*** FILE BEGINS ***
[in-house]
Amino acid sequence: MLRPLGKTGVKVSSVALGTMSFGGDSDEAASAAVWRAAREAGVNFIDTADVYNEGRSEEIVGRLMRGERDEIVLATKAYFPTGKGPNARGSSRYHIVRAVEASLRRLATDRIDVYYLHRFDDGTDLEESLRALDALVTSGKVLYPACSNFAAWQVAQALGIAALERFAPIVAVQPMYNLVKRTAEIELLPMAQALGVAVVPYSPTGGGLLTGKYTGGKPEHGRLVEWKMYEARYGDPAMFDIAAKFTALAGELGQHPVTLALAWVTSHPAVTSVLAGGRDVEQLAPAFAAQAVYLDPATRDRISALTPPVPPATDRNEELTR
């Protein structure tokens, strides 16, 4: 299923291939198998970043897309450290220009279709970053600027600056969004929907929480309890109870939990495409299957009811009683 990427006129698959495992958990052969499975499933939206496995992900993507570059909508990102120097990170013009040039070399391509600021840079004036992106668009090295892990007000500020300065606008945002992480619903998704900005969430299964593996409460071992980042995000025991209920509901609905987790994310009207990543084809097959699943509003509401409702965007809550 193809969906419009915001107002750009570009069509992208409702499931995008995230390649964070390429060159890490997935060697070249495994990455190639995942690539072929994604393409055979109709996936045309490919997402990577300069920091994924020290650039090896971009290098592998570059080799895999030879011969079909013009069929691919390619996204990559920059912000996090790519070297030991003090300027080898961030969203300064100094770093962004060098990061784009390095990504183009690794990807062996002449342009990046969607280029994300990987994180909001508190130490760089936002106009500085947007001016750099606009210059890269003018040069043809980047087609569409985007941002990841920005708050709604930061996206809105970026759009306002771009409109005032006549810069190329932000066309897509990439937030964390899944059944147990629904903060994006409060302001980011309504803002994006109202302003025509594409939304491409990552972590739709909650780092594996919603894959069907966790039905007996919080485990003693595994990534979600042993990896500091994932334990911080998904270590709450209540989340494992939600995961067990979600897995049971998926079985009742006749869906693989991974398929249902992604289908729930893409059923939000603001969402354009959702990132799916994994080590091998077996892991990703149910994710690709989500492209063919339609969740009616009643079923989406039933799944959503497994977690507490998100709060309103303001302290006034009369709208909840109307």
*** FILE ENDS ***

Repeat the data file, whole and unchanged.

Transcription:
[in-house]
Amino acid sequence: MLRPLGKTGVKVSSVALGTMSFGGDSDEAASAAVWRAAREAGVNFIDTADVYNEGRSEEIVGRLMRGERDEIVLATKAYFPTGKGPNARGSSRYHIVRAVEASLRRLATDRIDVYYLHRFDDGTDLEESLRALDALVTSGKVLYPACSNFAAWQVAQALGIAALERFAPIVAVQPMYNLVKRTAEIELLPMAQALGVAVVPYSPTGGGLLTGKYTGGKPEHGRLVEWKMYEARYGDPAMFDIAAKFTALAGELGQHPVTLALAWVTSHPAVTSVLAGGRDVEQLAPAFAAQAVYLDPATRDRISALTPPVPPATDRNEELTR
């Protein structure tokens, strides 16, 4: 299923291939198998970043897309450290220009279709970053600027600056969004929907929480309890109870939990495409299957009811009683 990427006129698959495992958990052969499975499933939206496995992900993507570059909508990102120097990170013009040039070399391509600021840079004036992106668009090295892990007000500020300065606008945002992480619903998704900005969430299964593996409460071992980042995000025991209920509901609905987790994310009207990543084809097959699943509003509401409702965007809550 193809969906419009915001107002750009570009069509992208409702499931995008995230390649964070390429060159890490997935060697070249495994990455190639995942690539072929994604393409055979109709996936045309490919997402990577300069920091994924020290650039090896971009290098592998570059080799895999030879011969079909013009069929691919390619996204990559920059912000996090790519070297030991003090300027080898961030969203300064100094770093962004060098990061784009390095990504183009690794990807062996002449342009990046969607280029994300990987994180909001508190130490760089936002106009500085947007001016750099606009210059890269003018040069043809980047087609569409985007941002990841920005708050709604930061996206809105970026759009306002771009409109005032006549810069190329932000066309897509990439937030964390899944059944147990629904903060994006409060302001980011309504803002994006109202302003025509594409939304491409990552972590739709909650780092594996919603894959069907966790039905007996919080485990003693595994990534979600042993990896500091994932334990911080998904270590709450209540989340494992939600995961067990979600897995049971998926079985009742006749869906693989991974398929249902992604289908729930893409059923939000603001969402354009959702990132799916994994080590091998077996892991990703149910994710690709989500492209063919339609969740009616009643079923989406039933799944959503497994977690507490998100709060309103303001302290006034009369709208909840109307």